Thomas Moran was alive today, he would be surprised to hear that his former pupil reached the million dollar auction mark through an unusual subject matter, not for his early landscapes, nor his frequent American Indian depictions. William R. Leigh’s two million-dollar paintings portray…cowboys.
Leigh’s path to this moment started when the 30 year old returned to the U.S. in 1896, after studying art in Munich, Germany. His 12 years taught him superb draftsmanship that art critics would later highlight as his best asset.
He got his start as an illustrator, first at Scribner’s. In 1900, while illustrating the “Railroad” articles for McClure’s, he must have read about the Santa Fe Railroad’s sponsored art excursions to the Grand Canyon because, when Munich classmate Albert Groll invited Leigh to visit him in Laguna, New Mexico Territory, Leigh contacted William Simpson, the railroad’s advertising manager, and got a free railway ticket to Laguna in exchange for a painting he would create of the canyon.
Sponsoring art excursions to the Grand Canyon started with Moran, actually, after the railroad’s Ad Manager W.F. White viewed Moran’s The Grand Chasm of the Colorado, painted on the artist’s first visit to the Grand Canyon in 1873. Moran had reached the Grand Canyon by horse then, so a trip by rail was the lap of luxury when he received the invite to paint there in 1892. The railroad then expanded the program to include other artists, ranging from Joseph Henry Sharp to Oscar Berninghaus.
But even though, during 1906 and 1914, Leigh’s oils were landscapes in the style of Moran’s, his sketchbooks were full of the people he met—Navajos, Hopis and Zunis.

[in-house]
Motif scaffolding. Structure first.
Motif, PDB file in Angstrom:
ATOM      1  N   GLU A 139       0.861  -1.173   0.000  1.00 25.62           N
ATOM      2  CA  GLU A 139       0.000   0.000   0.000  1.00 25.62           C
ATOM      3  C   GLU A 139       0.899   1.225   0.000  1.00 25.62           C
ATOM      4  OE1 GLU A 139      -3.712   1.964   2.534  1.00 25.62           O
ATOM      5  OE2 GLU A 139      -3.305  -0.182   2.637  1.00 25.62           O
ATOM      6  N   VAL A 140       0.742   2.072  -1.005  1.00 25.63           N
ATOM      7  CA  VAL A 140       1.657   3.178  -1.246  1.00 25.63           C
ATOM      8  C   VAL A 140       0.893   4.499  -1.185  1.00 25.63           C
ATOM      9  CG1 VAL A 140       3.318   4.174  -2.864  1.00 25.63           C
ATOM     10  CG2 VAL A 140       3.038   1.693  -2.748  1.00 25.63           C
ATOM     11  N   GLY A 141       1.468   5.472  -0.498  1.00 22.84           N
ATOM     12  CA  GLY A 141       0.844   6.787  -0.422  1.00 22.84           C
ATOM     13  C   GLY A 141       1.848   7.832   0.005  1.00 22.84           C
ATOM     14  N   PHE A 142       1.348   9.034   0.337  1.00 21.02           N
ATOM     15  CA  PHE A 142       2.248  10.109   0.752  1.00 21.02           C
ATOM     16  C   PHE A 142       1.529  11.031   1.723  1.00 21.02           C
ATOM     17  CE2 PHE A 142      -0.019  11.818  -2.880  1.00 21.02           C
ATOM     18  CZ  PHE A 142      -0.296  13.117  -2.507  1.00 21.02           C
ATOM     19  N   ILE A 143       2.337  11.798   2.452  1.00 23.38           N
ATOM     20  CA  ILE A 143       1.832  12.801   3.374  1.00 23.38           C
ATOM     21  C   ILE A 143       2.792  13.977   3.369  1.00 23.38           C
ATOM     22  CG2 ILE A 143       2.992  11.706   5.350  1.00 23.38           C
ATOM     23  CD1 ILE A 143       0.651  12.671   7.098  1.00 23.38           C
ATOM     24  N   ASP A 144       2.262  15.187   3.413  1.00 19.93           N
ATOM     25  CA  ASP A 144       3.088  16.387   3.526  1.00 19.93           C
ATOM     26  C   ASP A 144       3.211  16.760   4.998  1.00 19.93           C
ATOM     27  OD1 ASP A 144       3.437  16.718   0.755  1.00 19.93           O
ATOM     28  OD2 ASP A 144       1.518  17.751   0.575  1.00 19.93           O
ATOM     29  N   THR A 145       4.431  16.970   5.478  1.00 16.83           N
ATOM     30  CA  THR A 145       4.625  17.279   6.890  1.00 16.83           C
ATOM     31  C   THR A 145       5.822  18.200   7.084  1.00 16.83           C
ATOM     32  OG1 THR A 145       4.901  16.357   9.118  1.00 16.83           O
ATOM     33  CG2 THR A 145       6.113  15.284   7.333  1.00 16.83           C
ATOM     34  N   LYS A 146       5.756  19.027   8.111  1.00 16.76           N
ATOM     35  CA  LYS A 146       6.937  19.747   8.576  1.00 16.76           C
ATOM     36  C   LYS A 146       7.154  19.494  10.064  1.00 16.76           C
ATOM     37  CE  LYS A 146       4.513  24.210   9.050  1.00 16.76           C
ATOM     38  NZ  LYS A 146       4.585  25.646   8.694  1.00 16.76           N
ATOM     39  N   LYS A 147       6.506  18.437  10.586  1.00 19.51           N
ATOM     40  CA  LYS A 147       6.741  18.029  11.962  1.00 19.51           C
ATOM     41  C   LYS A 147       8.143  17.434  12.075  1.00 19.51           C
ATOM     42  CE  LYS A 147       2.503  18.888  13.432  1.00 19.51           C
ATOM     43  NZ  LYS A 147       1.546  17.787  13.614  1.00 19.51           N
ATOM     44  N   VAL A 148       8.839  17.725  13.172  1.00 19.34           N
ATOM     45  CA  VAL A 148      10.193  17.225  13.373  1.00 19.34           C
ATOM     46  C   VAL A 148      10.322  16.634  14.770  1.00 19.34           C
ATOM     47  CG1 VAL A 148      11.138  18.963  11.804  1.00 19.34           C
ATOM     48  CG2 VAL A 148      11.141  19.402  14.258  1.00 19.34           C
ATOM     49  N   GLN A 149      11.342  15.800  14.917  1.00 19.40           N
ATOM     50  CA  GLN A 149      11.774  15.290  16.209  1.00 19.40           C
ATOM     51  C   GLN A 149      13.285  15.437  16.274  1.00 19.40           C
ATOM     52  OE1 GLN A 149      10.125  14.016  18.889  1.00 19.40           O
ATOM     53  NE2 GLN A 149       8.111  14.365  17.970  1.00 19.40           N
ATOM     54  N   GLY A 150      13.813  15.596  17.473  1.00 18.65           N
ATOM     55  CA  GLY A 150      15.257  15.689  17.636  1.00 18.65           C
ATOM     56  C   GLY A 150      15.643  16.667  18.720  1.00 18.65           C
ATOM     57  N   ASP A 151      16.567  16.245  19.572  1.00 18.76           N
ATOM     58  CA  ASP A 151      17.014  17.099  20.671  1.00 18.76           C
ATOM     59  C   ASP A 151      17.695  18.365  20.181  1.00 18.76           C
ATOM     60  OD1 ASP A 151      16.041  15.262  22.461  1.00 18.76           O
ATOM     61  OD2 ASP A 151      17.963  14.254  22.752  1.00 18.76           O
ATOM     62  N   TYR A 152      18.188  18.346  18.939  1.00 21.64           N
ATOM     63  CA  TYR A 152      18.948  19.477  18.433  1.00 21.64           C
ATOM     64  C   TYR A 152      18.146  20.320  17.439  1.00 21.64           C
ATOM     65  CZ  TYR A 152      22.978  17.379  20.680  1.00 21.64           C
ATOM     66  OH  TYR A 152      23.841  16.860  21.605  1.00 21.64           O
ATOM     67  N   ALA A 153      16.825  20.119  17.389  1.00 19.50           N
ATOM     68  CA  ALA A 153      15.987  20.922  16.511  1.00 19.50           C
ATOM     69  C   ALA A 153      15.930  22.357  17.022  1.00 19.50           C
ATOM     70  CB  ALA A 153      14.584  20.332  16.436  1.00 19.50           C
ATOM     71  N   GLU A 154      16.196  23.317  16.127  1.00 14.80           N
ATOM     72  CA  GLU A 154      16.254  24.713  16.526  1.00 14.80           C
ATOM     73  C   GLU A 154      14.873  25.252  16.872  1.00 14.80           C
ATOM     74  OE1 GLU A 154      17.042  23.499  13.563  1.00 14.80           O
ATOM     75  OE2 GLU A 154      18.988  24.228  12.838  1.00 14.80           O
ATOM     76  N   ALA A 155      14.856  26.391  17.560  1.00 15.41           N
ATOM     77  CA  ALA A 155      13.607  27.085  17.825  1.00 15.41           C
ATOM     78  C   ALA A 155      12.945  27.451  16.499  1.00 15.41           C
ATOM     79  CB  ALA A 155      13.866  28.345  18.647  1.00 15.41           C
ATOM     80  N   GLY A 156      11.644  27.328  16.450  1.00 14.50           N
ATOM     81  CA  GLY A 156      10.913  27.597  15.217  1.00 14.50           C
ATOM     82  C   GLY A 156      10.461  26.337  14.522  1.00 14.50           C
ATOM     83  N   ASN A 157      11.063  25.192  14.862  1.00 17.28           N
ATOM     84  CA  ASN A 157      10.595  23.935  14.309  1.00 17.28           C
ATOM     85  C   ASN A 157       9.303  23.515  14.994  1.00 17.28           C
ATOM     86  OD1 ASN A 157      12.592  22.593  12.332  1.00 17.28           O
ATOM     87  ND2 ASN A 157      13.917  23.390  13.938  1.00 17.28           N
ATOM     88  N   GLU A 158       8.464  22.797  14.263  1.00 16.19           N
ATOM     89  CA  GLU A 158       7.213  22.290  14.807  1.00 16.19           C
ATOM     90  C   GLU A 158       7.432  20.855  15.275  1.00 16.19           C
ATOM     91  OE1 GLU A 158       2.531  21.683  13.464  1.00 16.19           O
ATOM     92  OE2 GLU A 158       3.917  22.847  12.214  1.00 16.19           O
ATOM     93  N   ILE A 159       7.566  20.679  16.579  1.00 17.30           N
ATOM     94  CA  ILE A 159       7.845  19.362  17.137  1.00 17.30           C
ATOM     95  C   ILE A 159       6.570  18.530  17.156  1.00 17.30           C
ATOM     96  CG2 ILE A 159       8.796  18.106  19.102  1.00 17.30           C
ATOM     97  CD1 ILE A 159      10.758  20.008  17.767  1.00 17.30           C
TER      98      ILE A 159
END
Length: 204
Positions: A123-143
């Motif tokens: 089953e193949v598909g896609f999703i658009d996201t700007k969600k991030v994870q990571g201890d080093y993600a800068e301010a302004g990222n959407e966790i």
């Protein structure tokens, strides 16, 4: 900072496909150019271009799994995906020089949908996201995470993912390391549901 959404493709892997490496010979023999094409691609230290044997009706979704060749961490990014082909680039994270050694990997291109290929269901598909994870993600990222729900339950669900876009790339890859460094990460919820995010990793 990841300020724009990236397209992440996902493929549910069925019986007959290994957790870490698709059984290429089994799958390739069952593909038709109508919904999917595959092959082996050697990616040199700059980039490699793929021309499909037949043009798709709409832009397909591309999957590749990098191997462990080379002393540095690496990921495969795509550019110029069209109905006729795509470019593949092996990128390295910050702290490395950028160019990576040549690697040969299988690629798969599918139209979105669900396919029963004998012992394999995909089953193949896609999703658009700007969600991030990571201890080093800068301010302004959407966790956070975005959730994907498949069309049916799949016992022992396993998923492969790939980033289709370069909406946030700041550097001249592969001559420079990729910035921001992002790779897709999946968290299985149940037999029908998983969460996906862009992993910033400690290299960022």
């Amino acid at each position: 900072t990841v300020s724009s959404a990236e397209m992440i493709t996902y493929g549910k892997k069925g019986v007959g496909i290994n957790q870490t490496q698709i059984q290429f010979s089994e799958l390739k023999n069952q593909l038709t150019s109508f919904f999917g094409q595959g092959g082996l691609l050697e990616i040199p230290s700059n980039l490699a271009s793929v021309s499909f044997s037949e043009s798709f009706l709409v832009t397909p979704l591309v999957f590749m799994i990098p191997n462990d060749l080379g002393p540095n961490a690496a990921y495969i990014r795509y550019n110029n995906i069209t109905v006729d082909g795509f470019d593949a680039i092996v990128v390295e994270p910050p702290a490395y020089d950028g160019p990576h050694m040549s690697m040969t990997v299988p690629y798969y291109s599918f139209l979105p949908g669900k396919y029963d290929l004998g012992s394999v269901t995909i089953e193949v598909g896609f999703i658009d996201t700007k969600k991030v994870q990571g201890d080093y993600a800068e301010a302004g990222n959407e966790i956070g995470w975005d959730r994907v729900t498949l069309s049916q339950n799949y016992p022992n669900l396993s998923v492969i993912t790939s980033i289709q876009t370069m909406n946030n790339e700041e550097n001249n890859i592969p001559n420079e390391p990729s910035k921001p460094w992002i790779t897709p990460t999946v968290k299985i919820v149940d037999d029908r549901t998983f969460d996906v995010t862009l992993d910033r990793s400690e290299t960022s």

When Leigh began filling his canvases with characters, rather than landscapes, he rarely painted a white person. “Leigh’s deepest bias was against civilized man, and he therefore concentrated upon unspoiled cultures where individualism remained unweakened and freedom unabridged,” wrote Delmer Duane Cummins, in his 1974 biography of the artist.
Of Leigh’s top 10 auction records to date, only four have Indian subjects, and two feature both cowboys and Indians: The Narrowing Circle depicts them in battle, and one of the million-dollar paintings, Home, Sweet Home, shows cowboys making music around a campfire with a Navajo friend. But most of the artist’s top cowboy paintings sold at auction have portrayed lone cowboys, like the one in the 1943 oil, A Close Call, sold at Coeur d’Alene Art Auction, on July 26.
Even if art lovers are holding on to Leigh’s best Indian paintings instead of putting them on the auction block, the trend still suggests collectors have been bidding the highest for Leigh’s cowboy art, over the solitary Indians in nature who the artist’s contemporaries usually pictured when they thought of his work. Leigh’s top 20 auction records move the Indian tally to five, add a Grand Canyon landscape, introduce a new character, the gambler, and the rest are all cowboys.
Leigh knew Indians were his bread and butter, telling The Dallas Morning News on January 20, 1946, “The only good Indian in art is a big one.”
Yet, in the 21st century, looks like the only good Leigh painting is a cowboy one.